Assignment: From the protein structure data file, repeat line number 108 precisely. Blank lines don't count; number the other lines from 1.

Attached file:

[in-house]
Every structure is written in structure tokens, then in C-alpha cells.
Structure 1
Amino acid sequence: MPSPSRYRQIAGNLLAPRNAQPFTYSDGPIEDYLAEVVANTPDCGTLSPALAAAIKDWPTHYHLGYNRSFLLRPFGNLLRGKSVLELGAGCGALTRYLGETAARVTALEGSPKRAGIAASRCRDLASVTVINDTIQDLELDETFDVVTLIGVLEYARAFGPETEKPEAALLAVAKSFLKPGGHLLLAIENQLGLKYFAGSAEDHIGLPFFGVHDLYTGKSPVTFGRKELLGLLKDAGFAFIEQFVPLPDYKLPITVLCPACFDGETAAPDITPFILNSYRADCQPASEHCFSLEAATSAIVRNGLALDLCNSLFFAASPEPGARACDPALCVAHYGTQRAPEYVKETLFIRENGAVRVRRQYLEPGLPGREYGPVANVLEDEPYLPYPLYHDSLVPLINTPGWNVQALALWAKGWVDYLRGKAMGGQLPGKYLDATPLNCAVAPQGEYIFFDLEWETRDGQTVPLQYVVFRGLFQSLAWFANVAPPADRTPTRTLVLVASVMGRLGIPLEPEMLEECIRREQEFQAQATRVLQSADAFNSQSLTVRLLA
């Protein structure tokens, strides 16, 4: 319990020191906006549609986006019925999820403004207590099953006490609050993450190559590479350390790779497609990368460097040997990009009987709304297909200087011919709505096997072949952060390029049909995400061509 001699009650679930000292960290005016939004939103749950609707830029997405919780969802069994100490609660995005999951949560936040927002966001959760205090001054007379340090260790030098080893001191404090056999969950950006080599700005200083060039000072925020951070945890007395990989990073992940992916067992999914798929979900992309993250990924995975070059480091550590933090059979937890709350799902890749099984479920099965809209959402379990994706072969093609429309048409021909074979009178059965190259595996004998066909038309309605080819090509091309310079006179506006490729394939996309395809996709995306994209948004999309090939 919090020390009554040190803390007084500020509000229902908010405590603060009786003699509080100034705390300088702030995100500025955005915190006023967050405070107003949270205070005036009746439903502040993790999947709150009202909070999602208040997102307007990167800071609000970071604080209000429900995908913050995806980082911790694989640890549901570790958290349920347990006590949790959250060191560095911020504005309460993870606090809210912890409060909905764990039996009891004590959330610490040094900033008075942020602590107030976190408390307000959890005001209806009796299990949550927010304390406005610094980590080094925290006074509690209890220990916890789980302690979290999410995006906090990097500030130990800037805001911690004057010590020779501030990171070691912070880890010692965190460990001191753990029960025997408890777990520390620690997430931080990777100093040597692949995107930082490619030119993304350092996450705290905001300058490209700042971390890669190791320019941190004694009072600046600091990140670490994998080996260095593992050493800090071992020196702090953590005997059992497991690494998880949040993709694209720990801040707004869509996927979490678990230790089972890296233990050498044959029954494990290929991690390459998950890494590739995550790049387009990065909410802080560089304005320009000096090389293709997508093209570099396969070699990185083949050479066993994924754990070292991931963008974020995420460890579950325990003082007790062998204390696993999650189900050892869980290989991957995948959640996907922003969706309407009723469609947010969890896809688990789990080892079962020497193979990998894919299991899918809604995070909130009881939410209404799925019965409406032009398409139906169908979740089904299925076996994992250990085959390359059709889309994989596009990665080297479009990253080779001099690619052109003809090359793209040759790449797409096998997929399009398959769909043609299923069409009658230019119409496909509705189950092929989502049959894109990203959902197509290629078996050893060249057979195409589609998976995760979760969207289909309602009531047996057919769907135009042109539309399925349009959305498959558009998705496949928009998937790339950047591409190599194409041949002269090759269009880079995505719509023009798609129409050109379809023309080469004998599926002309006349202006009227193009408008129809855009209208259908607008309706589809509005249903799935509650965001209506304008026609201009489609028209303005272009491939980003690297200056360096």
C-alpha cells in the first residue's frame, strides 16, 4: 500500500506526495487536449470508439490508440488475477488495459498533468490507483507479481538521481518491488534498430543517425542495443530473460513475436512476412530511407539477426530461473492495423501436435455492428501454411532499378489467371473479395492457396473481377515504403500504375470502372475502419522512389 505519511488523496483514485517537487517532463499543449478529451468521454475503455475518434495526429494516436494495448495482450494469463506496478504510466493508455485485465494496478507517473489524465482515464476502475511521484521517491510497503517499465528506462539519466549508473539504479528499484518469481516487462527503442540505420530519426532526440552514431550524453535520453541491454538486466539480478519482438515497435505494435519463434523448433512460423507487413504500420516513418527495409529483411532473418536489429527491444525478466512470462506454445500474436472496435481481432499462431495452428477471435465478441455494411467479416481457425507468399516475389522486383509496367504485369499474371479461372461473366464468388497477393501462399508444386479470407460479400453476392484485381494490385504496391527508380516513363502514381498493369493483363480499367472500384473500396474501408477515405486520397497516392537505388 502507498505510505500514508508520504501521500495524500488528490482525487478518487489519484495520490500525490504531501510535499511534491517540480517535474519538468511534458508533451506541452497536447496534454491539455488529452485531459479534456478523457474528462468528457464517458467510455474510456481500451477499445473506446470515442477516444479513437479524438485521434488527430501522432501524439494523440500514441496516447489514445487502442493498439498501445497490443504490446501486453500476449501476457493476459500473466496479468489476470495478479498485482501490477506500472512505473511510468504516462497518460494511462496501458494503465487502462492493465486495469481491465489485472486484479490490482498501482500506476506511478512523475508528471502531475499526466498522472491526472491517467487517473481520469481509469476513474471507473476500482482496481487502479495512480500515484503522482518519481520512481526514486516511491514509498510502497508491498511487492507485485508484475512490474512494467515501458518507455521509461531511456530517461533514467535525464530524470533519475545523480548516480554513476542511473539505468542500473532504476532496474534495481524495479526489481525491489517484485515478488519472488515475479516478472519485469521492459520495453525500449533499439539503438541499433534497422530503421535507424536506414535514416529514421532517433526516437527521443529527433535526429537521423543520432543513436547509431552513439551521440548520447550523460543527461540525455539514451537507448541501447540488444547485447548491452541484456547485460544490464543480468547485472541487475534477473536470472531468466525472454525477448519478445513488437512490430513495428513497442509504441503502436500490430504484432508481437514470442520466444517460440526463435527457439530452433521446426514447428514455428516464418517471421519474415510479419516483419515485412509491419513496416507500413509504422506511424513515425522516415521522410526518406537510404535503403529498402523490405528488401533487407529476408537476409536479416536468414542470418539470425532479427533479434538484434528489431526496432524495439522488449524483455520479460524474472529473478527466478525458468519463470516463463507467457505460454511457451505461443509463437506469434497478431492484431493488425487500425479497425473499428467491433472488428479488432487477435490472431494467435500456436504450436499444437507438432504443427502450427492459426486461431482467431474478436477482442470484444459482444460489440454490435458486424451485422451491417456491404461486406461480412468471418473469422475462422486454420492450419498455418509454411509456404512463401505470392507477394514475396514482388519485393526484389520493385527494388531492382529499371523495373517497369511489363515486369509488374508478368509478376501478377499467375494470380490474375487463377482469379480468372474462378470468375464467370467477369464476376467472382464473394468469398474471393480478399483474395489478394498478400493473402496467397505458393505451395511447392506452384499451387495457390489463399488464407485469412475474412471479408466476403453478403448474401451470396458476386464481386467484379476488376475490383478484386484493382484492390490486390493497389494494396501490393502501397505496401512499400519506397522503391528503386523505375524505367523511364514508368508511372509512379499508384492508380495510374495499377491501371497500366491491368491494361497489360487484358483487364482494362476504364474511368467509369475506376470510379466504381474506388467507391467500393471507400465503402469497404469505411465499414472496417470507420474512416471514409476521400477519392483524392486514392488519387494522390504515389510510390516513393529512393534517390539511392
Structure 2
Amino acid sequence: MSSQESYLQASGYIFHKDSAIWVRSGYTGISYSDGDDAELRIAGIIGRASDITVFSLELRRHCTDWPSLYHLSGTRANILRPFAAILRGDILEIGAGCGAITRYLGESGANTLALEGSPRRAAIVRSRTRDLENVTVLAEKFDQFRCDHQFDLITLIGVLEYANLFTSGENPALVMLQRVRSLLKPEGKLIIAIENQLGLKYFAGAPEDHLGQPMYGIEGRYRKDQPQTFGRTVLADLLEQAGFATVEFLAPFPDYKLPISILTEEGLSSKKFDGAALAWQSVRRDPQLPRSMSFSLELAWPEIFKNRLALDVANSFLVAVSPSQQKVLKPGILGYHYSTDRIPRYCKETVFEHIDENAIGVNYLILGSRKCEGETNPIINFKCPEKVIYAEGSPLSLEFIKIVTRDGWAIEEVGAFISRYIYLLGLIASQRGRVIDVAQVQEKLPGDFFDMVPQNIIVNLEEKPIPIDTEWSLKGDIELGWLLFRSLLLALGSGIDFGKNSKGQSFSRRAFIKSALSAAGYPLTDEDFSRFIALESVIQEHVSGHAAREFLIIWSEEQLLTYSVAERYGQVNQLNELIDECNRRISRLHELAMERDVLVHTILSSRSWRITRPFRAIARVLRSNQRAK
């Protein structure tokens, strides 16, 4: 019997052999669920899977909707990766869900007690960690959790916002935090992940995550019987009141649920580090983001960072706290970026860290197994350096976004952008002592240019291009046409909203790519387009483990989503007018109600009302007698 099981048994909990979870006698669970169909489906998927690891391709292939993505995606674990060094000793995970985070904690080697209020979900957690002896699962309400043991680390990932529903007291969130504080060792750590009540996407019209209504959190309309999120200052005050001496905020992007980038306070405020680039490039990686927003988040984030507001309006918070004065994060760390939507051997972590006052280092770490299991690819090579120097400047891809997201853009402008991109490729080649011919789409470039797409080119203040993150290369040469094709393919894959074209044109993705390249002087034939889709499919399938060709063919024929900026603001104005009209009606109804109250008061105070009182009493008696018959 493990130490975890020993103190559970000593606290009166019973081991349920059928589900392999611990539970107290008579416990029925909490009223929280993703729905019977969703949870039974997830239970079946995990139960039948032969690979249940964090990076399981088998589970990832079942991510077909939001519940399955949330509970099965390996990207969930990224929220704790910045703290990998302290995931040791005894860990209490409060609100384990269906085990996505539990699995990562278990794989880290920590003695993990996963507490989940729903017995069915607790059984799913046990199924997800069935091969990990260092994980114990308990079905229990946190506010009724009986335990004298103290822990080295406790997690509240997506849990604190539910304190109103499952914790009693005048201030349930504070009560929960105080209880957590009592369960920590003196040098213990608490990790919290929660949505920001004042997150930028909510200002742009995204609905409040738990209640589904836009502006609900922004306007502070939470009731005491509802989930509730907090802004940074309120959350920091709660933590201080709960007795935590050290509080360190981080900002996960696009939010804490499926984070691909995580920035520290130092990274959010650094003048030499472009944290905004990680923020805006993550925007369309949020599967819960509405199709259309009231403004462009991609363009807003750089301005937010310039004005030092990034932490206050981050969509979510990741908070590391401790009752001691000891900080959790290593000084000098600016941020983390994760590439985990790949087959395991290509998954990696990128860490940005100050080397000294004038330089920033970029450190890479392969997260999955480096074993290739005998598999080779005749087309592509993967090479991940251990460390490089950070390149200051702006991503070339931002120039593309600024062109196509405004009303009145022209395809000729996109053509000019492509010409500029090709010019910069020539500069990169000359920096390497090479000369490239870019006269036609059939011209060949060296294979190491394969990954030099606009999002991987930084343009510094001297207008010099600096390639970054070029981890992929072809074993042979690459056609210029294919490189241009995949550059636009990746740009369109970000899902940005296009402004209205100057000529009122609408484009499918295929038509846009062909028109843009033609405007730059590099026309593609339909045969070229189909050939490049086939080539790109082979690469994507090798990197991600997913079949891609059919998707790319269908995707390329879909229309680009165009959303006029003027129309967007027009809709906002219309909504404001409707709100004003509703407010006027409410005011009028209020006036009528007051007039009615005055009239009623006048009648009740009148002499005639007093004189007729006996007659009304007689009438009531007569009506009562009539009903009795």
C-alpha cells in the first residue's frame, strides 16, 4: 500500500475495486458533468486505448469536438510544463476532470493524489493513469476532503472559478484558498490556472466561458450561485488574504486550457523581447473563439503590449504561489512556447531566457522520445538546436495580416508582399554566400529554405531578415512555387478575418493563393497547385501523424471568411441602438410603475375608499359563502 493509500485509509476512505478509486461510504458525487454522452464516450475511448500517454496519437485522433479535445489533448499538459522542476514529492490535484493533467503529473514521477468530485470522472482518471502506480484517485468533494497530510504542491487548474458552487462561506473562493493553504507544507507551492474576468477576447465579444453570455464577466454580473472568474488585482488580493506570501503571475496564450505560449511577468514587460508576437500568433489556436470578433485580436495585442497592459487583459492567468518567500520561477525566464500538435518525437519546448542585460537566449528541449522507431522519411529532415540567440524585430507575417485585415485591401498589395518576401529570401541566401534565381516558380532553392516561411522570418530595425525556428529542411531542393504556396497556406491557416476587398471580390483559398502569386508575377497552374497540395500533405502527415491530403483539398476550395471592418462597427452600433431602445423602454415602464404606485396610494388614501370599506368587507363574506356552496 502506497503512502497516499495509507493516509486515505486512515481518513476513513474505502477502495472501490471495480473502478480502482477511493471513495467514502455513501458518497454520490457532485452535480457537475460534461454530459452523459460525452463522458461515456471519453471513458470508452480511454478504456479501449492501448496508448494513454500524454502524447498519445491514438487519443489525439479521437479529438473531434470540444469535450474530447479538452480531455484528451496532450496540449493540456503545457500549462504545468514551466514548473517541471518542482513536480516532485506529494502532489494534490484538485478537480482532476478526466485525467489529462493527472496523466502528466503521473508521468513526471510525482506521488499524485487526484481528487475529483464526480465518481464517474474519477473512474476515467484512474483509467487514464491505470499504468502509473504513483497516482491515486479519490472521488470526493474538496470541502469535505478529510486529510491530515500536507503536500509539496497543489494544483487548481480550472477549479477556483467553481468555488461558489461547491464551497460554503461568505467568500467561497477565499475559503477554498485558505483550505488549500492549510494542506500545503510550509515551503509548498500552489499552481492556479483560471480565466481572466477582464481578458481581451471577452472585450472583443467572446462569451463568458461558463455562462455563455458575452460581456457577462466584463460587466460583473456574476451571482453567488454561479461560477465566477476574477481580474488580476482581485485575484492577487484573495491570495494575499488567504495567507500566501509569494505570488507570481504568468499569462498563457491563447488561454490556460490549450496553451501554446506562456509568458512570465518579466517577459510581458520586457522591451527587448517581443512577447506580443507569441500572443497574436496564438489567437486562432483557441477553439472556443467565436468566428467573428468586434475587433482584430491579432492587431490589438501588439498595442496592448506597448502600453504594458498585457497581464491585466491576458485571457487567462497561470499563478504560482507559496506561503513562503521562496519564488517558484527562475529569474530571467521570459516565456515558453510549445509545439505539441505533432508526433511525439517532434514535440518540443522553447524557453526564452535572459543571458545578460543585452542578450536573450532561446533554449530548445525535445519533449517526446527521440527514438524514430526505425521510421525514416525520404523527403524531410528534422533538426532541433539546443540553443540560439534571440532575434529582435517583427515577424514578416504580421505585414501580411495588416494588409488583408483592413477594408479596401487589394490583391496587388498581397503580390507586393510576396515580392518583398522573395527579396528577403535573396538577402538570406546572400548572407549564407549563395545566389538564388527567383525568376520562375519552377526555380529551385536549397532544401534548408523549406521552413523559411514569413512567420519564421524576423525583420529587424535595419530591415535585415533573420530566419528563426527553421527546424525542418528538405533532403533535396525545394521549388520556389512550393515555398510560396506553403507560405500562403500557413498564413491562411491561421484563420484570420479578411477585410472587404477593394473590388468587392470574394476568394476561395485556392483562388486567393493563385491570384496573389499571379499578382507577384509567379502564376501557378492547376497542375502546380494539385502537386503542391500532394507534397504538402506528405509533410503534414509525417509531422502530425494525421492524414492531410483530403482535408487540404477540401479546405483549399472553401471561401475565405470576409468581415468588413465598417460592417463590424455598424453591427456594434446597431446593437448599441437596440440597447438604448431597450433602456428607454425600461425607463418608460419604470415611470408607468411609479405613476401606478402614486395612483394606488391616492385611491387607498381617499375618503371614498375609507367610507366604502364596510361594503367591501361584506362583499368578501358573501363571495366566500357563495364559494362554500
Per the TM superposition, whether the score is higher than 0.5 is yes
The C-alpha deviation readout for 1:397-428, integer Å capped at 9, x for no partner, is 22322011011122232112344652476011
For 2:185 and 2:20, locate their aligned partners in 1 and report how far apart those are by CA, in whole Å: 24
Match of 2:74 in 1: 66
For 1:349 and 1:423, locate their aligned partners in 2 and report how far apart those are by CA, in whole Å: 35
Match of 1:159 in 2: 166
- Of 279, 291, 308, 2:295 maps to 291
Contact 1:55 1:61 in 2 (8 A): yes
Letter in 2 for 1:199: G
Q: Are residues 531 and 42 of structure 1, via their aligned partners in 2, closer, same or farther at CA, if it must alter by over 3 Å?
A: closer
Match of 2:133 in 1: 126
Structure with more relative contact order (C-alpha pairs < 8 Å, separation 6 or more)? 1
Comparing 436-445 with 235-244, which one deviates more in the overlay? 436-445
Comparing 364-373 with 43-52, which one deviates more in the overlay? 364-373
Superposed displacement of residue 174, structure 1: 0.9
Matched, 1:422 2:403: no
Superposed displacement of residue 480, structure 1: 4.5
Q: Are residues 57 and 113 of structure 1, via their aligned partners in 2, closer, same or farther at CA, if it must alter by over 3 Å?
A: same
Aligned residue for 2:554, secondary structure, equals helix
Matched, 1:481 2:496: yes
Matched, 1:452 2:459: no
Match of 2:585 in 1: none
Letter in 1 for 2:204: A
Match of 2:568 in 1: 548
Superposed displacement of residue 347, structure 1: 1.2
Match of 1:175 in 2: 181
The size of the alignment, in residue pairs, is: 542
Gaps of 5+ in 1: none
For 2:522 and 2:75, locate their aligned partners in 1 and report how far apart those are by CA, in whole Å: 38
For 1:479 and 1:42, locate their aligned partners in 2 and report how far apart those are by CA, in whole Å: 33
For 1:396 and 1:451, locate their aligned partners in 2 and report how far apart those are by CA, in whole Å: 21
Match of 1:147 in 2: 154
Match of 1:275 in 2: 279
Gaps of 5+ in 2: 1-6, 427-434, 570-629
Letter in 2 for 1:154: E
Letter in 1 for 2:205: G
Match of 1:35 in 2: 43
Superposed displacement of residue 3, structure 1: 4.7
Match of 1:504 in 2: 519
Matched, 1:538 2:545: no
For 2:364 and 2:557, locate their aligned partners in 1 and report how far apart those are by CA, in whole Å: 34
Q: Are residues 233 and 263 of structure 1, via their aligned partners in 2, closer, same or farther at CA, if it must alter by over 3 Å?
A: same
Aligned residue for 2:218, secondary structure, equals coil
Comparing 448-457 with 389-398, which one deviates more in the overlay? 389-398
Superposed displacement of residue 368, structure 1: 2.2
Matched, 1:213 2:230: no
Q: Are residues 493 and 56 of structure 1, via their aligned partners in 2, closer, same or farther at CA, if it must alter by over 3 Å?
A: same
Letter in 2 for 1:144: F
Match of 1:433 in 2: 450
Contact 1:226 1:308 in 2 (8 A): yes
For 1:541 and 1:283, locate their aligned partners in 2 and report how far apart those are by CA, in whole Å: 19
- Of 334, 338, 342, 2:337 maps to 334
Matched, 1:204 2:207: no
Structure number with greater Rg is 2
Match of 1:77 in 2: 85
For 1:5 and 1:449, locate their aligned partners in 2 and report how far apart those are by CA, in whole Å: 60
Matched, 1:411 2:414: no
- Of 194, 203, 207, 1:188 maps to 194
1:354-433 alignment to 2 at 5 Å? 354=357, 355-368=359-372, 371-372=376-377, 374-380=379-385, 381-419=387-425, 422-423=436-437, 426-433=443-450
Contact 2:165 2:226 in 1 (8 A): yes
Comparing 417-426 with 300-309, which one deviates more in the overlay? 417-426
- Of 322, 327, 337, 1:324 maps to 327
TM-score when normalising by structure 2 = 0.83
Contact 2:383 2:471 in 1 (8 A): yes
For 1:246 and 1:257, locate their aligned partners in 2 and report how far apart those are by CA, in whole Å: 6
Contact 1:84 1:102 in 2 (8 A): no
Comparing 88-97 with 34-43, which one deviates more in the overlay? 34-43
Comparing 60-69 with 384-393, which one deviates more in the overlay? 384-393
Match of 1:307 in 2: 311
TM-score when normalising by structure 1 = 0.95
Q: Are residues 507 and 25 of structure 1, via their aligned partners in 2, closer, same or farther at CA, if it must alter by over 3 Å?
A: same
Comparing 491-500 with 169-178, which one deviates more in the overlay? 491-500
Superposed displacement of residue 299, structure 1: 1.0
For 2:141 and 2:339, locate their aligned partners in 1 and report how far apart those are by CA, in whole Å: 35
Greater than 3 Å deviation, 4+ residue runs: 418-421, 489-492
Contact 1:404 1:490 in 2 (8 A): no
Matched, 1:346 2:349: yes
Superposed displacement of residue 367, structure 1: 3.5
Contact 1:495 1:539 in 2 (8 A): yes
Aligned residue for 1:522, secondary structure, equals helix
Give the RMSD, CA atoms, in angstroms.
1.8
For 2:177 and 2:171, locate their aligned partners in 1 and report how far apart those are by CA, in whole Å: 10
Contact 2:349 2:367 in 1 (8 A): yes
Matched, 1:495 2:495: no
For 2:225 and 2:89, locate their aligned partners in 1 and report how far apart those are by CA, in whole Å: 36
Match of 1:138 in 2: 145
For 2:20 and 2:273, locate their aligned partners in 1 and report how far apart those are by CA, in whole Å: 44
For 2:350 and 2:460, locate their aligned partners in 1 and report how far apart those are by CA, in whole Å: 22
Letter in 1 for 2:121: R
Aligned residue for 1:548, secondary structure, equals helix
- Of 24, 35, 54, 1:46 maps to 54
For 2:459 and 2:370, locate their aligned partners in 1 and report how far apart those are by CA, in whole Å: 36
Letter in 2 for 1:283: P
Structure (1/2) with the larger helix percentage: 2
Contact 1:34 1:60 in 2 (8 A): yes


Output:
For 2:459 and 2:370, locate their aligned partners in 1 and report how far apart those are by CA, in whole Å: 36